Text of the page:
Brooke Malek uses her faith to guide her in many aspects of her life, including exercise. 15 years ago she felt called to run.
She began by using a treadmill and then met some friends who taught her how to run outside. From there, she began forming friendships around running and support for running. As people were training for races and marathons, Brooke would run and train with them, even though running a marathon wasn’t ‘on her bucket list.’
About six years ago, Brooke stopped running due to personal reasons. It was difficult to lose something that made her feel so great, but she struggled to find the right way to begin again. She bought a treadmill to motivate herself, friends would ask her to come and run with them again, and help them train but she just couldn’t find it in herself to go.
Earlier this spring, friends of hers encouraged her once more to begin running again. They reminded her that she had healed from her past trauma and that she could do this. The advice they gave was to start by setting a goal. Brooke decided to set an easy goal for herself: on Easter Sunday she was going to get up and go for a run outside. And that was her first outside run. She says it was short, but it was great and she felt really great doing it, so she got up the next day.
Soon, she was setting goals for herself each day – one mile, two miles, different paces. During this time, she was running alone, and because her faith is what got her to run in the first place she decided to use that time to pray.
Due to her profession as a school nurse, Brooke is often exposed to sensitive stories that can weigh a person down. During her runs, she is able to talk about the difficult things with God so they don’t weigh her down.
Soon, Brooke ran into two friends that she used to run with years ago. She says she didn’t realize that they were still friends after all this time, and she began running with them two days a week. They both warned Brooke that they were training for a marathon, but because she had trained for marathons before that didn’t phase her at all. Her friends shared their training plans with Brooke, and she began following them so she could keep up with them during their runs together.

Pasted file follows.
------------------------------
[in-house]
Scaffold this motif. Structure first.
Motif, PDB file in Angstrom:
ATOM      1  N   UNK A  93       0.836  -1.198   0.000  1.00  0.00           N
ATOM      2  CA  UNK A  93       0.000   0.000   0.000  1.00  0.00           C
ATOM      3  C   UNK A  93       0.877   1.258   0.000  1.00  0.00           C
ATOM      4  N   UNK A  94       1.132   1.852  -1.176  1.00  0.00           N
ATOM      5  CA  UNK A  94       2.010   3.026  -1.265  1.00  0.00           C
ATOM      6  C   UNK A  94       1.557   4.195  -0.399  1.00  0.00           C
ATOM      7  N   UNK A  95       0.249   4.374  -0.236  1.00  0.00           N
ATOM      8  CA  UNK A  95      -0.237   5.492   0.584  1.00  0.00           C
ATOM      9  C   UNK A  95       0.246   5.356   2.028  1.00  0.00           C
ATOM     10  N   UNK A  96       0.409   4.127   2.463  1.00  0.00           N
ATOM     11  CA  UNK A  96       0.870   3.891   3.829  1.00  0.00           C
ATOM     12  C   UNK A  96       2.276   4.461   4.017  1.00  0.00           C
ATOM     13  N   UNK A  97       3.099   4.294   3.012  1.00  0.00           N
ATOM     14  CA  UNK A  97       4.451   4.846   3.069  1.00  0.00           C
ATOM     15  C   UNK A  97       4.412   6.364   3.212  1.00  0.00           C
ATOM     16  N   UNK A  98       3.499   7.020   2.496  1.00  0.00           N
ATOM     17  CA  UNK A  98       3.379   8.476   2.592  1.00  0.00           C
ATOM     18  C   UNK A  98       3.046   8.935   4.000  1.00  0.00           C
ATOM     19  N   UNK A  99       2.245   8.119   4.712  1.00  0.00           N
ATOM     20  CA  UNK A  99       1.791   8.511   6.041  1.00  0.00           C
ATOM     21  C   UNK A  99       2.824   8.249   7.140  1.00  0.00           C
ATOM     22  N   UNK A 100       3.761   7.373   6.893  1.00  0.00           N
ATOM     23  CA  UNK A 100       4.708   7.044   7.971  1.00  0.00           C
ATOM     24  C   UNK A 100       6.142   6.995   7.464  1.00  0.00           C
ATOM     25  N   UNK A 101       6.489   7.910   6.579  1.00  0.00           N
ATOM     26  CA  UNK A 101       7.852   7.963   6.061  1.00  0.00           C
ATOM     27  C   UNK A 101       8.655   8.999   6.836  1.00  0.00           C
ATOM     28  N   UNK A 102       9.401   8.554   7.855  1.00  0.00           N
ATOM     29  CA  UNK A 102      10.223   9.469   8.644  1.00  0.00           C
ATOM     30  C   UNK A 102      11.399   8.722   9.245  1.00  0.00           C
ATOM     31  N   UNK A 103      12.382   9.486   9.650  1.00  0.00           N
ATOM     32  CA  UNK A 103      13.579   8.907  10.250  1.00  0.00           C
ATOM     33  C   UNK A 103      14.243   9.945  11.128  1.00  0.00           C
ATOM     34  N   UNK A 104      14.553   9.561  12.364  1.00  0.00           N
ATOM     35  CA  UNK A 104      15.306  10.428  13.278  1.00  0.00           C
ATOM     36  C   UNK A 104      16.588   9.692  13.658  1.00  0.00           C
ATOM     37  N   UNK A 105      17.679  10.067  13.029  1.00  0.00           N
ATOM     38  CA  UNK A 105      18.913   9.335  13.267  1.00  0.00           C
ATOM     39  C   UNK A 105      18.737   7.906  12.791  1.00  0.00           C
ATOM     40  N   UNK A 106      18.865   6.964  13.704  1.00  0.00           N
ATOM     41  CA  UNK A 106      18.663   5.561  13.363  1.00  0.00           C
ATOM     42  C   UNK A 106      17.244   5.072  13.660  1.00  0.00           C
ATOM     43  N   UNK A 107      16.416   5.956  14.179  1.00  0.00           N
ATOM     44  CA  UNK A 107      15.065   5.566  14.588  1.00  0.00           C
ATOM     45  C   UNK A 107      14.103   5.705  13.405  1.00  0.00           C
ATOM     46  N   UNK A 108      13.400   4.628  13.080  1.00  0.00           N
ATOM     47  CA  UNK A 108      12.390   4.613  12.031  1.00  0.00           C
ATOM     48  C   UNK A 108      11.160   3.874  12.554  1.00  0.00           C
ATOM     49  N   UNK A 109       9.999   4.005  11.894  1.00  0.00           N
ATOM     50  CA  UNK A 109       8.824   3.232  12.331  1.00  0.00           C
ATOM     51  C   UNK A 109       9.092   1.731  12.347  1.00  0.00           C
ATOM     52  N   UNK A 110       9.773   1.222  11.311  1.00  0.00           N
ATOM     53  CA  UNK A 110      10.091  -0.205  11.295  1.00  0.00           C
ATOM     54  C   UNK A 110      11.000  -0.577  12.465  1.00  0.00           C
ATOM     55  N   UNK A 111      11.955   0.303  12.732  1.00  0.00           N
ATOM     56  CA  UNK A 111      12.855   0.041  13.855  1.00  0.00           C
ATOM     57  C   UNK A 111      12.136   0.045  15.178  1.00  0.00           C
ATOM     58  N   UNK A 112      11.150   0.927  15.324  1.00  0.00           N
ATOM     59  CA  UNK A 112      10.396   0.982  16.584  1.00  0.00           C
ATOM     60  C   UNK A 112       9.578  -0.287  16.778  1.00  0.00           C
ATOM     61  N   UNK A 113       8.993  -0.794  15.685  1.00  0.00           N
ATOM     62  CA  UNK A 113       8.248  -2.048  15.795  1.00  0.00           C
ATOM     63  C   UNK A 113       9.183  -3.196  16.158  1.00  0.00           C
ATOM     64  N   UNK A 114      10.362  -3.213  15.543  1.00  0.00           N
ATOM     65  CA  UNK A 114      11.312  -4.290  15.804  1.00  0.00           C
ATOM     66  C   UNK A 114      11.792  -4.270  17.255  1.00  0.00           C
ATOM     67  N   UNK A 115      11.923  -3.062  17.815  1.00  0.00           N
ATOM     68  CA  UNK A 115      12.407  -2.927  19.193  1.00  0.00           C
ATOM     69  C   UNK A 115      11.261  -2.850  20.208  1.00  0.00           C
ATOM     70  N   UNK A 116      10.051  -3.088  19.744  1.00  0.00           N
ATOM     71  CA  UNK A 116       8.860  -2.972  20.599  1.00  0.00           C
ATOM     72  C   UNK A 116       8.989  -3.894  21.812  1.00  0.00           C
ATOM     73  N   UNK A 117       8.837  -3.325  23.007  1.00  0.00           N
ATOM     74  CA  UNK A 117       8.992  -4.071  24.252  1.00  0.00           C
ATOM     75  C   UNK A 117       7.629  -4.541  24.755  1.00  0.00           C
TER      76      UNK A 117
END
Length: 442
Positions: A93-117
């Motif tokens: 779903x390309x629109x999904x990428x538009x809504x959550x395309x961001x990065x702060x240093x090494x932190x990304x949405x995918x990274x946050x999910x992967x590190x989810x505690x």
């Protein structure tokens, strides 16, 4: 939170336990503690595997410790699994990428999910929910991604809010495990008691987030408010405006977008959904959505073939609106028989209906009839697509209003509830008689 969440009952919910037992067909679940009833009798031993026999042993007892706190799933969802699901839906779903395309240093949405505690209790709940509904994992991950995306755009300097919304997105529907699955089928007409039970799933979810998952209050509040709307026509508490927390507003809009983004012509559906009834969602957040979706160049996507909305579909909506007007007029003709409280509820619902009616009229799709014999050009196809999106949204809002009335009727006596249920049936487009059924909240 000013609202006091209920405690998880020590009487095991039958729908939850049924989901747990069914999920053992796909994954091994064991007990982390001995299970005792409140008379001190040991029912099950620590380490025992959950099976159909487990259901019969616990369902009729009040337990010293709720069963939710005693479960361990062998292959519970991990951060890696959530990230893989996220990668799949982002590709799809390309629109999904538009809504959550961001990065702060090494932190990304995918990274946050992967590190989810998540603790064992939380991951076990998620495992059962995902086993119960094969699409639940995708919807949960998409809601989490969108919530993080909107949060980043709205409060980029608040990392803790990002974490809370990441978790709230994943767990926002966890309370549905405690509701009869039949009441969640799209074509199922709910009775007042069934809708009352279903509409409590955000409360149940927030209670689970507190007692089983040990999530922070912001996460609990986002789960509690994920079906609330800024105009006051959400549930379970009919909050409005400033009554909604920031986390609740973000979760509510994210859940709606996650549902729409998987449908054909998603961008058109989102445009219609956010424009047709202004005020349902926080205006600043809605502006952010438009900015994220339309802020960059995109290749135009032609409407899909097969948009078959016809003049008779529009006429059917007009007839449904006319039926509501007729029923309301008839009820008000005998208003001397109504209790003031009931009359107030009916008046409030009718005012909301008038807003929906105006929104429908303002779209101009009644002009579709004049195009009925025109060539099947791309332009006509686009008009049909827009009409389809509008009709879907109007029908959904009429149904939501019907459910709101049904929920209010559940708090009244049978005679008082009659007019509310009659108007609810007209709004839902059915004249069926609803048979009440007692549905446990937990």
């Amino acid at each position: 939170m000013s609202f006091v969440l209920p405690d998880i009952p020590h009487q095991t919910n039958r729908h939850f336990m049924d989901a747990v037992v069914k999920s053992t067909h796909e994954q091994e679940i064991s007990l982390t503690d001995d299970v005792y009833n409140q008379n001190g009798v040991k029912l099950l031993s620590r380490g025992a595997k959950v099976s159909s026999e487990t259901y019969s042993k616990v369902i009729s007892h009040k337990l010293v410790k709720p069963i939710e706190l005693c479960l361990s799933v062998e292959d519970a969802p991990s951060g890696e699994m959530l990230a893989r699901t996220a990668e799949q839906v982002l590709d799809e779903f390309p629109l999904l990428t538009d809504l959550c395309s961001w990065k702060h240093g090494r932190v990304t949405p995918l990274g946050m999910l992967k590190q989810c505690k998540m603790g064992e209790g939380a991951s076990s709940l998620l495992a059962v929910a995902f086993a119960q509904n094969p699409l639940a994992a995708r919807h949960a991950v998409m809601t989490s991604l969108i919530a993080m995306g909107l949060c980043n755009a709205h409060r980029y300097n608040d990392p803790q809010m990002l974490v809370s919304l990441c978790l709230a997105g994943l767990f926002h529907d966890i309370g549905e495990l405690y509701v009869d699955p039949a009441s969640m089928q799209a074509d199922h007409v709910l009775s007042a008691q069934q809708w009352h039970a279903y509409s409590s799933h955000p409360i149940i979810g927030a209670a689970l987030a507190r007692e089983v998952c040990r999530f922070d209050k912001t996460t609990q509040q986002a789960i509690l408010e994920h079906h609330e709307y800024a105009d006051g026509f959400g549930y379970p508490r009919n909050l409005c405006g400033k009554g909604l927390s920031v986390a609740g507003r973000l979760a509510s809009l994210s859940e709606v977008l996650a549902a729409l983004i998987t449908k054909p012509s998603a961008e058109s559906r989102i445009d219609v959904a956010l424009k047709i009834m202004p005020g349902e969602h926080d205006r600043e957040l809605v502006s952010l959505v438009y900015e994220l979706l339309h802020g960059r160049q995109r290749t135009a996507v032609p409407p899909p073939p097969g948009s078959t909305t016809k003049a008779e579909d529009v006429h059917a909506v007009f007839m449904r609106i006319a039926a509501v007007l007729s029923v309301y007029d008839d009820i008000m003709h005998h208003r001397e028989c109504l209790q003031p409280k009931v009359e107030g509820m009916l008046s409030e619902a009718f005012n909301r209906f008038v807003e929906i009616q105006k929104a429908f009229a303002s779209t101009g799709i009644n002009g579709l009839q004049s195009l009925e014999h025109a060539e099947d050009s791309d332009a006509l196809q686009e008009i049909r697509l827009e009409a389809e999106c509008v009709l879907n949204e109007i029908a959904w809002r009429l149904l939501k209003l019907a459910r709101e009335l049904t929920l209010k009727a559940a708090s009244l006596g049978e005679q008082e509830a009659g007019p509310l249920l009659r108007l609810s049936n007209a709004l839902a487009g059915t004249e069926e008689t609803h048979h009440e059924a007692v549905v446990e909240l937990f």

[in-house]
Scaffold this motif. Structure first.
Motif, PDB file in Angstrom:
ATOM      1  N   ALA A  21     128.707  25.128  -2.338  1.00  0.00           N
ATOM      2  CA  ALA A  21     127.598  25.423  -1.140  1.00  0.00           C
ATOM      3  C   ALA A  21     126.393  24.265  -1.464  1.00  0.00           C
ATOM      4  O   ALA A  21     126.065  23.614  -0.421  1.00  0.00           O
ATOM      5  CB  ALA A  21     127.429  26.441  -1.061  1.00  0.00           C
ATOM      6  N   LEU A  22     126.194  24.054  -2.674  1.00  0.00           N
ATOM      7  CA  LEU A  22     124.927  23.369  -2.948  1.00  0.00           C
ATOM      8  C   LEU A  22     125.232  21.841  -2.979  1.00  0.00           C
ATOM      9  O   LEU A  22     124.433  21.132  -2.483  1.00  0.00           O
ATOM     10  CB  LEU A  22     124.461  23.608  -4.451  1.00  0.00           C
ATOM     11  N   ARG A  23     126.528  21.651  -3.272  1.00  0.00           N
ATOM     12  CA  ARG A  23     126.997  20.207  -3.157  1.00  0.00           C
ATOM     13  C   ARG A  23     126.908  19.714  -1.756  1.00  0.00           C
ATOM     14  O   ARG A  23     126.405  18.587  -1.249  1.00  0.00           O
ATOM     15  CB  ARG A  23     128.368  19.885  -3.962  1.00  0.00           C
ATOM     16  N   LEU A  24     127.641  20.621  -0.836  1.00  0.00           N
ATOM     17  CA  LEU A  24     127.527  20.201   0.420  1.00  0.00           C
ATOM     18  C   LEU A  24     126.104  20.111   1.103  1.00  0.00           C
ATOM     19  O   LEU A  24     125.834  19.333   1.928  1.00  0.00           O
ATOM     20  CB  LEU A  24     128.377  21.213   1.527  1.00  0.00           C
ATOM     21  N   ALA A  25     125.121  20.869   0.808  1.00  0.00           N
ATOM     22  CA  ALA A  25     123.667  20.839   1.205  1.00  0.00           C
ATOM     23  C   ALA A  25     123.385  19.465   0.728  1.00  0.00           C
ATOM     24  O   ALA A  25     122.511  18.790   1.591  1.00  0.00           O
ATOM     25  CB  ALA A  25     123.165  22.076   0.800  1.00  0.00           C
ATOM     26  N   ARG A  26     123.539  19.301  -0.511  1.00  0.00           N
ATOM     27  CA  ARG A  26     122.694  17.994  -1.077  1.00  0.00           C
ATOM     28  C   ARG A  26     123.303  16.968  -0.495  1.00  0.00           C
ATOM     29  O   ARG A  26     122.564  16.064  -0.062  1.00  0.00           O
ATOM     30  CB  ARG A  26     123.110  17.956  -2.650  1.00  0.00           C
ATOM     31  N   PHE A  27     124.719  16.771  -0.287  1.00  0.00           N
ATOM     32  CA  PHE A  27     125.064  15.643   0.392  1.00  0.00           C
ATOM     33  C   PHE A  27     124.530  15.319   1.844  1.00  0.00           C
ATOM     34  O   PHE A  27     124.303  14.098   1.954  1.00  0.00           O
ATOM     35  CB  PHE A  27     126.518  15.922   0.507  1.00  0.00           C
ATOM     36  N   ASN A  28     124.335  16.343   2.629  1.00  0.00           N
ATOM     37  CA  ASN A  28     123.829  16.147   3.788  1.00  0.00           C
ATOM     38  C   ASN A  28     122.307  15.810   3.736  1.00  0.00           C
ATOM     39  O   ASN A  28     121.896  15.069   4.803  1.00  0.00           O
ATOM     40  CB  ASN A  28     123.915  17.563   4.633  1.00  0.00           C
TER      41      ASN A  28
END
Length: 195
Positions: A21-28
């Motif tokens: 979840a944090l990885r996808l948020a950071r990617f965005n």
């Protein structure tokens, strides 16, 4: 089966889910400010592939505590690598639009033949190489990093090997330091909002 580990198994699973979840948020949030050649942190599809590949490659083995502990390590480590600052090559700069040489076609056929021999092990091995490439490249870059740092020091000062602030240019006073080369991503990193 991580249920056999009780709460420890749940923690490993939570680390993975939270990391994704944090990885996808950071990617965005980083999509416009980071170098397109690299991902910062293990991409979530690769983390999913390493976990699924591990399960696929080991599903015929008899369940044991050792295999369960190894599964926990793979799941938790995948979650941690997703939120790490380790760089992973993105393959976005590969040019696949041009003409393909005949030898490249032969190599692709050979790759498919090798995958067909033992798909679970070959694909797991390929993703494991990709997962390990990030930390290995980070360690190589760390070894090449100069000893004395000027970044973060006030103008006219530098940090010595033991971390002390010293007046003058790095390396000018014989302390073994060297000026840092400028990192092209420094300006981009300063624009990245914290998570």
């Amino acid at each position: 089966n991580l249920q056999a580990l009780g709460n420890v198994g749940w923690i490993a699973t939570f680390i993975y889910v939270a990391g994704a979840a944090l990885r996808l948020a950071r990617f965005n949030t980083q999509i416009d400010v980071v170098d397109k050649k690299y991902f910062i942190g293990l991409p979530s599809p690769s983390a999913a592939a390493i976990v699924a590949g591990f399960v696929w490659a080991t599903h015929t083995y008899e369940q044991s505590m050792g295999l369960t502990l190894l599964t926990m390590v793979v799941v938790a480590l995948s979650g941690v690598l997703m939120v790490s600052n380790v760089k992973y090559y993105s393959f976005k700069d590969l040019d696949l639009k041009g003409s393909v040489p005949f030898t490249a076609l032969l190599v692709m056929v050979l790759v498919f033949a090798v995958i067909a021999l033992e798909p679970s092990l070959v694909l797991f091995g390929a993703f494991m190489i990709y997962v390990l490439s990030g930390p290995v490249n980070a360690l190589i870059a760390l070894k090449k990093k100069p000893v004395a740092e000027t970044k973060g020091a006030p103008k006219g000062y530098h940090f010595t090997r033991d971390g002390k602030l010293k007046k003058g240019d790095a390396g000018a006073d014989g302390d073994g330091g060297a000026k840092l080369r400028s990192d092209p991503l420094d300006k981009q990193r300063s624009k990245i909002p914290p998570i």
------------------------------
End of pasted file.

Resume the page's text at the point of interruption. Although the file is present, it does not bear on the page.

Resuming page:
About six weeks ago, one of these friends became injured. Because they were running buddies and would only run together, they both dropped out of the marathon. Brooke was still having fun, and was almost at peak weak in the schedule and decided to continue to train even though she wasn’t committed to running the marathon. Her friends told her that if she continued to train, she should run the marathon. At first, Brooke was hesitant but decided that if she hit certain training milestones she would sign up. As she hit those milestones, she signed up knowing that her friends wouldn’t be joining her.
One day, she had a really hard run and decided to use that time to talk to God about her “why.” He gave her the word ‘resilience’ as her “why.” He showed her a picture of her past, the hard things she had overcome, and even the disappointment she experienced when her friends dropped out of the marathon.
As a school nurse, and even in her day-to-day life, Malek feels she helps people find their resilience to overcome hardships. Brooke says on her run, God showed her all of the people that she carried with her while she runs, and students, friends, and community members that she has helped champion to build resilience.
One Thursday morning she was supposed to run 10 miles fast and 13 miles total, and she only got 6 fast miles in. She says she felt like a failure and started to ask herself why she continued to do this, and He reminded her that she wasn’t alone and that she has resilience and shares that with others.
That was when she had the idea of drawing on her legs. Different people in her life, from students to friends and family, could draw on her legs to represent struggles, trauma, or battles they have fought or are fighting. This way Brooke could carry those things with her as she ran.